While I love his more mainstream studio films, crazy, off-the-leash Tony Scott has always been my favorite. Movies like REVENGE, TRUE ROMANCE, MAN ON FIRE, and DOMINO are him working unchecked, and to me, he’s just as bold and original a voice as his more celebrated brother, Ridley Scott (in fact – I’d argue Tony is more consistent). You can tell DOMINO was a story that meant something to him, and sure enough, the idea of a hot model, who also happened to be the daughter of a movie legend, masquerading as a bounty hunter, was about the most Tony Scott premise for a movie ever. If it has any failings, it’s that Scott gets slightly carried away in the fantasy aspect, with the real Domino Harvey having died of a drug overdose mere months before the film’s release. Any mention of her drug addiction is ignored by the film, which opts for a rollickingly fun account of a larger-than-life character.

Indeed, Scott made a badass actioner, giving Keira Knightley one of her better roles. Too often cast as highly poised aristocrats, here she was able to get down and dirty, showing off some major spunk, and she looks like she’s having a blast in the part. Mickey Rourke is also terrific as the “been around the block” bounty hunter, Ed, who serves as her mentor. As for Ramirez, I knew he’d become a star after watching this, as he cuts an effortlessly badass figure.

While Scott himself admitted he went too far with the cutting (which is almost avant-garde with how it disregards convention), the chaotic nature of the plot compliments his technique perfectly. I especially liked the reality show subplot, with Walken as a producer bringing on-board former “Beverly Hills 90210” stars Ian Ziering (pre-SHARKNADO) and Brian Austin Green as themselves – with both brilliantly taking the piss out of each other (I especially like Ziering correcting Rourke on the proper pronunciation of his first name). It’s too bad that DOMINO was received the way it was, as Scott would only have a few more movies in him before his death, while Richard Kelly has struggled to get back on track after the back-to-back failures of SOUTHLAND TALES and THE BOX (although I think the latter is underrated). They worked well together here, and both deserved more praise coming out of this one.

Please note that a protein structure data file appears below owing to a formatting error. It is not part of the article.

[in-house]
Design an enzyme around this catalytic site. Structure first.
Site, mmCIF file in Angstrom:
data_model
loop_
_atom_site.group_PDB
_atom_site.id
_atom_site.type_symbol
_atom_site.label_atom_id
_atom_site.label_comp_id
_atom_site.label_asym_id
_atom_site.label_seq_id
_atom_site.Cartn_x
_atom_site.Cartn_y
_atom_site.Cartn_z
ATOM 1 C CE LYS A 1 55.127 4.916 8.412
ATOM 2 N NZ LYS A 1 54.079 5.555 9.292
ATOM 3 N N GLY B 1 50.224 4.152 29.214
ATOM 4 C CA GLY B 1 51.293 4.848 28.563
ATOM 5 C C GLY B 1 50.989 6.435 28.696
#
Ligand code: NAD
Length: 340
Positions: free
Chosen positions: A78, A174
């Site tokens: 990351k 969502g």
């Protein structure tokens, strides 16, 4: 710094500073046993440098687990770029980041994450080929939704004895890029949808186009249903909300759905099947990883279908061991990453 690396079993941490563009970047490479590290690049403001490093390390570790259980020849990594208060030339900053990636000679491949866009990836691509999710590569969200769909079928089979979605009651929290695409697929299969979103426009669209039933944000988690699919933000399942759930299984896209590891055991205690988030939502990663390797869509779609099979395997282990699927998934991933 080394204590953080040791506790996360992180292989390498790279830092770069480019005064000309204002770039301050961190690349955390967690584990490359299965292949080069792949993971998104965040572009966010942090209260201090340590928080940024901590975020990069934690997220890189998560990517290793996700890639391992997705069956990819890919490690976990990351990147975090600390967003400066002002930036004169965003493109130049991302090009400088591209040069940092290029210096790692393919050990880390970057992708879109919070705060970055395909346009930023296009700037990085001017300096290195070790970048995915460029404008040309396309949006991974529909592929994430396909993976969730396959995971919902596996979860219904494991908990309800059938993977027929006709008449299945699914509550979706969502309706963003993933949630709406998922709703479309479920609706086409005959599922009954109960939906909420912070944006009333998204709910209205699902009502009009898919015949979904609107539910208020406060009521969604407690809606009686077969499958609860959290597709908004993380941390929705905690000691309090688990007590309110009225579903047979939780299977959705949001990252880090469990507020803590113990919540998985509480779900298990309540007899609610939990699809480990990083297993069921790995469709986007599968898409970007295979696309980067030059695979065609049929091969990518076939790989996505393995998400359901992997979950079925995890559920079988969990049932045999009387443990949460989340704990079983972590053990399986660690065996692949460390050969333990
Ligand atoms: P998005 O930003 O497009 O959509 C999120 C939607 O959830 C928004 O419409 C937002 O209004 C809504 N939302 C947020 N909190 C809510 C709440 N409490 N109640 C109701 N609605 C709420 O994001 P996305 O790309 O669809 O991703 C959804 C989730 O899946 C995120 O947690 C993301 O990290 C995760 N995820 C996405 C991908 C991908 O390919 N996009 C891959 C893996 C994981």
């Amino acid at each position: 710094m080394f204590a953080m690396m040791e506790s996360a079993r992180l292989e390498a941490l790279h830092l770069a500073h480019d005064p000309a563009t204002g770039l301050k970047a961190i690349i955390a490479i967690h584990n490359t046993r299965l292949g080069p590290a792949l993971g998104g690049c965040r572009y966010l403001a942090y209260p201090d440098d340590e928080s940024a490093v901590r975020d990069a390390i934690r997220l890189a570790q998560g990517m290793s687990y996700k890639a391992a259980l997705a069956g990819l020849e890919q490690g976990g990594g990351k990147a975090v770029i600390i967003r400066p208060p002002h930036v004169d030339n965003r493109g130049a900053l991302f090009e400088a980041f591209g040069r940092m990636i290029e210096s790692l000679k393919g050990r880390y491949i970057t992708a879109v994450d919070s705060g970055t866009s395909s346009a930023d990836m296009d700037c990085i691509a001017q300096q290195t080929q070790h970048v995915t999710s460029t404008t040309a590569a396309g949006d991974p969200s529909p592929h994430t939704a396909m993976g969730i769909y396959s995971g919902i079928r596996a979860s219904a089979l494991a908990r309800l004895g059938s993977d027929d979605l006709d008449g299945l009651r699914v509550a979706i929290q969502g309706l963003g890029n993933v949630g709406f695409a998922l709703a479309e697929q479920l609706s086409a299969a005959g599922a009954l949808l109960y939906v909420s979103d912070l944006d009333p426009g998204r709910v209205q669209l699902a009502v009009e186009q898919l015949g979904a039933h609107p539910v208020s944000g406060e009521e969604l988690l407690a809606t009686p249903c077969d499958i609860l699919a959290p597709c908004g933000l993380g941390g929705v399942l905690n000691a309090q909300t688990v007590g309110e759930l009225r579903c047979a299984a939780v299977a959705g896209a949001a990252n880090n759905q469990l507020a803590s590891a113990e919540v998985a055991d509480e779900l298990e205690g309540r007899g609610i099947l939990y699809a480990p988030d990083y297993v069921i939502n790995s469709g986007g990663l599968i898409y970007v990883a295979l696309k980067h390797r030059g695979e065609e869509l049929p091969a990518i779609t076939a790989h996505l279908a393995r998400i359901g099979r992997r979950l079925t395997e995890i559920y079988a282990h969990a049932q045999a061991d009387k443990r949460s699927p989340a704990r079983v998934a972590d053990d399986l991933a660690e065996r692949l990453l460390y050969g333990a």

BEST SCENE: While based on a true story, Scott whole-heartedly embraced fantasy, opting for a comic book vibe. Nowhere is that more evident than in this infamous scene where Choco blows off someone’s arm, while Green and Ziering look on in horror.

SEE IT: DOMINO is widely available on Blu-ray, digital download, and Netflix.

PARTING SHOT: DOMINO definitely isn’t everyone’s cup of tea. It’s a totally mental film, and the sensory overload aspect of it will no doubt turn-off a lot of viewers. At the same time, those of us into that type of thing (you know who you are), will take to this like a fish to water. Don’t let the bad rep dissuade you. DOMINO is worth checking out.


About the Author

Chris Bumbray began his career with JoBlo as the resident film critic (and James Bond expert) way back in 2007, and he has stuck around ever since, being named editor-in-chief in 2021. A voting member of the CCA and a Rotten Tomatoes-approved critic, you can also catch Chris discussing pop culture regularly on CTV News Channel.